The crushing machinery in the sampling department comprises two complete and independent sets. The set at the east end of the mill has one 9-inch by 15-inch Blake breaker, and one set of 16-inch by 36-inch rolls working together. The breaker is fed by hand with ore delivered from the cars as above described. All the fine material which passes the grizzly, together with the product from the crusher, is elevated and fed to the 36-inch rolls, the rolled material dropping to the floor in a heap where it is sampled by hand ; one-tenth being taken as a sample, the balance being shovelled into the boot of the elevator which delivers into the sampled-ore bin shown on the drawing. After a lot has been run through, the sample is coned and cut down to the desired size. The sampled ore from the elevated bins is loaded into cars and trammed to the bedding floor in the adjoining building.
No. 2 sampling plant is the same as No. 1, except that the breaker is of the "Dodge" pattern, size 11 inches by 15 inches, speed 225 revolutions per minute. It was deemed advisable to install a "Dodge" breaker to take the extremely hard dry ore, while the ''Blake" type of machine was considered better suited for ores containing a large percentage of moisture. To follow the ore in its course through the mill, the bedding floor will next be described. This occupies about half the floor space in the building adjoining the crushing mill to the west, and is shown in Fig. 10 and Fig.11 of our two-page plate. This building, which also contains the roasting furnaces, is 95 feet by 100 feet by 21 feet clear height.
The south side, or that next the elevated tracks, is set apart for the bedding of ores, the ore being trammed to it by the elevated tracks shown, which are 12 feet above the floor level. The bedding floor is divided into two portions of about equal area, arranged so that a bed can be made up on the one, while the ore on the other is being run through the mill. The purpose of bedding the ore is to obtain a considerable quantity of material of as nearly a uniform value and character as possible. The ore, as it comes from the sampling mill, is uniformly spread over the entire area of the bed until a depth of 6 feet has been accumulated. By this means about 600 tons of storage is provided on each bed, or about 1200 tons altogether. The ore is handled back to the dryers and fine crushing plant in the crushing-room by means of a conveyor belt 12 inches wide made with pure rubber flanges on each edge, travelling at 100 feet per minute. The ore is delivered on to this belt by means of two bucket elevators, one for each bed, to which it is wheeled and shovelled. The 12-inch conveyor extends through to the No. 2 dryer where a dividing mechanism is provided, by means of which all the ore can be fed to No. 2 dryer; or all or any part of it may be passed to the No. 1 dryer at the will of the operator, a short belt conveyor 8 inches wide being placed to carry from the end of the 12-inch belt to the No. 1 dryer.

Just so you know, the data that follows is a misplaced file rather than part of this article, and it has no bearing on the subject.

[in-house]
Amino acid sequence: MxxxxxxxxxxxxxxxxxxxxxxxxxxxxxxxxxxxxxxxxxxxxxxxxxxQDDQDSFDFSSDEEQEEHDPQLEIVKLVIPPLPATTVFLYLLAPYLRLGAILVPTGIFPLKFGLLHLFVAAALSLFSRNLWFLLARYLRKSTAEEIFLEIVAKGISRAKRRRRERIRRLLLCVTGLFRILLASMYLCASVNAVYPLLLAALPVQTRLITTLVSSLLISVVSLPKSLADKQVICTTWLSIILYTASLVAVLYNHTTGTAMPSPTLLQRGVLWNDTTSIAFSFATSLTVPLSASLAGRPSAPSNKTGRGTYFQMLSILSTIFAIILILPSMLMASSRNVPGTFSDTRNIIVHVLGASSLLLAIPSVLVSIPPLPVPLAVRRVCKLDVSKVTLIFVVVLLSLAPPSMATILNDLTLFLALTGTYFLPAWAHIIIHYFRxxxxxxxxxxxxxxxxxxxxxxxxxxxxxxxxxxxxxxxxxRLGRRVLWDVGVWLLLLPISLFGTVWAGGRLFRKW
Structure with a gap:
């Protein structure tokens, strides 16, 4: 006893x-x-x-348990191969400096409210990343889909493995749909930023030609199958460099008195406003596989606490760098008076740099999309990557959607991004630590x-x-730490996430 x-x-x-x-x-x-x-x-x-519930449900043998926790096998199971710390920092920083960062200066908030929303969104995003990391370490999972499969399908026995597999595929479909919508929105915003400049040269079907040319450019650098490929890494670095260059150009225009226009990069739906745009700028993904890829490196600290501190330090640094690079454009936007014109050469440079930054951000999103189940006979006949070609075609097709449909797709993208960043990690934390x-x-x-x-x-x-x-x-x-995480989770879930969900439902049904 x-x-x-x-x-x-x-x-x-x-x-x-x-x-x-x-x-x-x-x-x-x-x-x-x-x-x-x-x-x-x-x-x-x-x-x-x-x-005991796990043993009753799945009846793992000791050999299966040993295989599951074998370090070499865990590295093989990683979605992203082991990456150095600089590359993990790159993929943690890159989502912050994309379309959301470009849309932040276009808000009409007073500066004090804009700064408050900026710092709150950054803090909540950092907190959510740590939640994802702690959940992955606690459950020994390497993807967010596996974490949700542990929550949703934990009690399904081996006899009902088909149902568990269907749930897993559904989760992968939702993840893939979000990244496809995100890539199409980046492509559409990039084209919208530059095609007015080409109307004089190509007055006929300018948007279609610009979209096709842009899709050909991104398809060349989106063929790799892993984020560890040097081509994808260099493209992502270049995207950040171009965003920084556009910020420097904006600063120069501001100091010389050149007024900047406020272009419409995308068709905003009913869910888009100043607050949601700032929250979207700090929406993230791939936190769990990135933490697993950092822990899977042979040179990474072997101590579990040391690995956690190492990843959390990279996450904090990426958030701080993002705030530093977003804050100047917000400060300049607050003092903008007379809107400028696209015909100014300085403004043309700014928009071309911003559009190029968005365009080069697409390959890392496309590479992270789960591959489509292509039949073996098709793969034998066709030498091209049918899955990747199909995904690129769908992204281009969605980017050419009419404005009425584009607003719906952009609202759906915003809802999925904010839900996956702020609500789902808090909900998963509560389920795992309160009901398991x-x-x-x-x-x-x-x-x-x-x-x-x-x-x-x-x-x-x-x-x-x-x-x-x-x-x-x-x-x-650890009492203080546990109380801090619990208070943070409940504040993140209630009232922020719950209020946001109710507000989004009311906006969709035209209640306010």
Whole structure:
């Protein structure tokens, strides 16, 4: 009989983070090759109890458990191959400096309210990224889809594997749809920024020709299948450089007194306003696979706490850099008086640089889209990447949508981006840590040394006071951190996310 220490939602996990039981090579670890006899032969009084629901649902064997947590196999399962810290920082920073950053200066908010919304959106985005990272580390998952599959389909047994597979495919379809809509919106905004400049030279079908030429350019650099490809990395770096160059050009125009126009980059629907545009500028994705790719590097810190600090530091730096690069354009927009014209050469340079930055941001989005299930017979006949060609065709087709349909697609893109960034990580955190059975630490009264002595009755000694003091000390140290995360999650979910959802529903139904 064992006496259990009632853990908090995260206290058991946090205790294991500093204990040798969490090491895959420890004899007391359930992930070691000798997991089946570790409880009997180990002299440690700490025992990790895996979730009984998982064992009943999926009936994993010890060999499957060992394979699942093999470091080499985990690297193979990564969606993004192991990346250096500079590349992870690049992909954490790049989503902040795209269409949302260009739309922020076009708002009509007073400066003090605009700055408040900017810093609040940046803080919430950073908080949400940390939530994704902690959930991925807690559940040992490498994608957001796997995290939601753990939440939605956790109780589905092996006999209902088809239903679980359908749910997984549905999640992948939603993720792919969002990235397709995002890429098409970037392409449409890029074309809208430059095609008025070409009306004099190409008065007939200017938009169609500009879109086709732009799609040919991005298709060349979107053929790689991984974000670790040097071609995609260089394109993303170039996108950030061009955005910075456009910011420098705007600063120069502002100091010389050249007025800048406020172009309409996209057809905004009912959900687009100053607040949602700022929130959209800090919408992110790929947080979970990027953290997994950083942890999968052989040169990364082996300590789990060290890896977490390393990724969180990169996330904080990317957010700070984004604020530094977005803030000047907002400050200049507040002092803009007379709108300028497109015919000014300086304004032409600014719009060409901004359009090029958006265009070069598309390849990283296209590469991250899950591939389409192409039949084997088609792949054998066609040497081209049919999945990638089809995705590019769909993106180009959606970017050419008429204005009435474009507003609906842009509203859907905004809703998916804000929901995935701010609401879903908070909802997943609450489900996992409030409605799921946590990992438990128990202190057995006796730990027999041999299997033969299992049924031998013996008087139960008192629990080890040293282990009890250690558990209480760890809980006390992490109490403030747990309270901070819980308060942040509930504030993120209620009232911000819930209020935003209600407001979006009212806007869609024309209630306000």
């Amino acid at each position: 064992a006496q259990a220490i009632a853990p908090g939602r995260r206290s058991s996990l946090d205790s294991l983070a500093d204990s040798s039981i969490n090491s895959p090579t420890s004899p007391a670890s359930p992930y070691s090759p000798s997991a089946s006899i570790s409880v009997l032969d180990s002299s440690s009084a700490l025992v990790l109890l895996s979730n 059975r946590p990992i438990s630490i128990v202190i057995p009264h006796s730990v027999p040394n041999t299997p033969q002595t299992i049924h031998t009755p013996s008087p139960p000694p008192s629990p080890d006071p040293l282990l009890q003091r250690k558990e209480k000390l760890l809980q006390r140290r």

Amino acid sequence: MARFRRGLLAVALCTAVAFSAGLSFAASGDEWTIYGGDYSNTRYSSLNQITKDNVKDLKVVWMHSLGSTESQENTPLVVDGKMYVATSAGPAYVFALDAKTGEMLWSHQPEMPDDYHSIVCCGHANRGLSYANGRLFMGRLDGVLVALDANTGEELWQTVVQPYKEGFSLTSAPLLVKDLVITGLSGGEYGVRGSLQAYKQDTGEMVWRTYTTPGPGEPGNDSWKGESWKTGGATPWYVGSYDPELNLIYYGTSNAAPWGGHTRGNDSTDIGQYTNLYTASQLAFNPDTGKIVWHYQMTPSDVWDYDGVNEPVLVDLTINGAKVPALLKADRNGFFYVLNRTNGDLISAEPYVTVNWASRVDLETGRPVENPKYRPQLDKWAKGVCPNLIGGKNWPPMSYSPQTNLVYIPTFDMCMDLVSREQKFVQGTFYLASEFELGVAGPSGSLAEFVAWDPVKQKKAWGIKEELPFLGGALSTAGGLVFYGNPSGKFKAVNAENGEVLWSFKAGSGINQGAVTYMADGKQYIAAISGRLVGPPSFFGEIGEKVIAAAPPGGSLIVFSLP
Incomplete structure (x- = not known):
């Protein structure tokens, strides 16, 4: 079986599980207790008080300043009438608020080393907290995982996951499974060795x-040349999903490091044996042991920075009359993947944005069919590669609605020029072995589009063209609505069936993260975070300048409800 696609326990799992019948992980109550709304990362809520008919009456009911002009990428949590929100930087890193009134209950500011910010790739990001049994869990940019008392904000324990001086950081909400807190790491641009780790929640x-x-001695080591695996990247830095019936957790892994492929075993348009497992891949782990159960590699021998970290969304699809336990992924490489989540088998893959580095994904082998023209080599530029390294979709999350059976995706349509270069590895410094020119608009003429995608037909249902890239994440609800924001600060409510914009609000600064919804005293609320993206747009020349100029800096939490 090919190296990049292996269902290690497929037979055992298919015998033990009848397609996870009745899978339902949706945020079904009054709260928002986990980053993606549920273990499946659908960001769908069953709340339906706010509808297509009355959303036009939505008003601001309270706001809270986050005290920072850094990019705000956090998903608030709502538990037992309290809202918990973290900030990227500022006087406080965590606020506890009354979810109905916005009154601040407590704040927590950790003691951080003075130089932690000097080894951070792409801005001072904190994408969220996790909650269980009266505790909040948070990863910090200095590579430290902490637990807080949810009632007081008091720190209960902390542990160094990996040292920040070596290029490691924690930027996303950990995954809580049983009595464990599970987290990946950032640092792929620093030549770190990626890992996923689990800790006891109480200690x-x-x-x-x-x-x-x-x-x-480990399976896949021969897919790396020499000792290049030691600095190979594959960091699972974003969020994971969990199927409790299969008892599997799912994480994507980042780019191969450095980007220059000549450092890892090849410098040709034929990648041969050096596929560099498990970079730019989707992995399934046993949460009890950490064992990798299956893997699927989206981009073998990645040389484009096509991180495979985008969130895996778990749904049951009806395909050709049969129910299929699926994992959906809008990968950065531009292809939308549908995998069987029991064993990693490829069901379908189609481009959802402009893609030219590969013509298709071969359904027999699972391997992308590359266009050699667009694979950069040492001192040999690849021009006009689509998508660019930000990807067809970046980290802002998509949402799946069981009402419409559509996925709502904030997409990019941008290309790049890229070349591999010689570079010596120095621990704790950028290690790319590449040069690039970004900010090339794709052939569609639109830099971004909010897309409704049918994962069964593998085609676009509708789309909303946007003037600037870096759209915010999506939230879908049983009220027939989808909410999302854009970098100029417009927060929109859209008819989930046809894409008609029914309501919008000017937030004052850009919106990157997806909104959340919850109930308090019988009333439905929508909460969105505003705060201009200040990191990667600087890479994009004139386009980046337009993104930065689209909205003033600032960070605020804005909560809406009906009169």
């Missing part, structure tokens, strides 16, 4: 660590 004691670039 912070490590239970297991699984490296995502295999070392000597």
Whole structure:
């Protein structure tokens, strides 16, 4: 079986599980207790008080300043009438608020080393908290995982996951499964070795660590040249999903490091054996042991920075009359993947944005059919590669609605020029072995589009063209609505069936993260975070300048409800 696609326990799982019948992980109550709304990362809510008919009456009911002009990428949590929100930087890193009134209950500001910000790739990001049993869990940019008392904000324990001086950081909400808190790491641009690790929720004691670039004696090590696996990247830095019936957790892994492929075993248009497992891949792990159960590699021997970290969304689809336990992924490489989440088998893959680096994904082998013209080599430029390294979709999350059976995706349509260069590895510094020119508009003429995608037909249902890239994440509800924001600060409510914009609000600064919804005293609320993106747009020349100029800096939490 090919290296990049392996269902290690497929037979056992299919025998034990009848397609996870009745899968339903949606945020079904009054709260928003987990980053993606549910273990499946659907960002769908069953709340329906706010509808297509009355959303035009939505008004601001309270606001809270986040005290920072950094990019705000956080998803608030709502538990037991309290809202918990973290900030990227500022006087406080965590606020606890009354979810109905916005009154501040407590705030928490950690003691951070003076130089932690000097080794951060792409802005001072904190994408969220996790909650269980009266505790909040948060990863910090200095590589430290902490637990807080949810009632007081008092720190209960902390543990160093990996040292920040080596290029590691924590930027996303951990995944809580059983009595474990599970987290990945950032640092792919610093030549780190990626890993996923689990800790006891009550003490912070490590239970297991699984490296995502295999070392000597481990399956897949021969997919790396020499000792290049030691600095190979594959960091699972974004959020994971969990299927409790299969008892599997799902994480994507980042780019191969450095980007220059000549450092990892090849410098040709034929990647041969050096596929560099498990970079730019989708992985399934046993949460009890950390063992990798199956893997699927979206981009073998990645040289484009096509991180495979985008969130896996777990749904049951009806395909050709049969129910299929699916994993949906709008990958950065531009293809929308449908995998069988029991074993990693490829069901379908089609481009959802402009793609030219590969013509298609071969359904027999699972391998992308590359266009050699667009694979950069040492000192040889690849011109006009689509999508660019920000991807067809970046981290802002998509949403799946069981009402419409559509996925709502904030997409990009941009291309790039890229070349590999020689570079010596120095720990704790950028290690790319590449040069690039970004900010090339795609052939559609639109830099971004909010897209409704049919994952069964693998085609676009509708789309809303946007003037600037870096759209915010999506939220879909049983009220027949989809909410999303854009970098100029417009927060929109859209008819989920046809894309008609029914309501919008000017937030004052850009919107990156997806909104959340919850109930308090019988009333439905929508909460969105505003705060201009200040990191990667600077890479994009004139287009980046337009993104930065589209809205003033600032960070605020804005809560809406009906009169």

The drying furnaces are two in number, each being of the same general description as those described in connection with the Page Process Mill. These dryers are set with their discharge ends towards the fine crushing rolls and deliver into elevators in the roll pit, as shown. They are fired with residuum, the firing being done from the side of the firebox. The dried material is elevated to the screens, there being two of them to each dryer, each 4 feet in diameter, 9 feet long, covered with 14-mesh cloth made of No. 19 wire, and are set with their axes at an angle equal to a fall of 1 inches to the foot towards the discharge end. These screens are closely housed in with matched flooring, but have no dust-collecting apparatus in connection with them. Each screen delivers into a 30-ton bin constructed directly under it, the screened material being returned to the roll feeders, as already explained. Each screen bin is provided with two discharge gates, which deliver the ore on to an 8-inch belt conveyor delivering into No. 1 furnace feed hopper. At the end of this belt is a dividing apparatus similar to that described in connection with the dryers, by which all the ore may be fed to No. 1 furnace, or all or part of it delivered to No. 2 furnace, by means of a short 8-inch belt conveyor.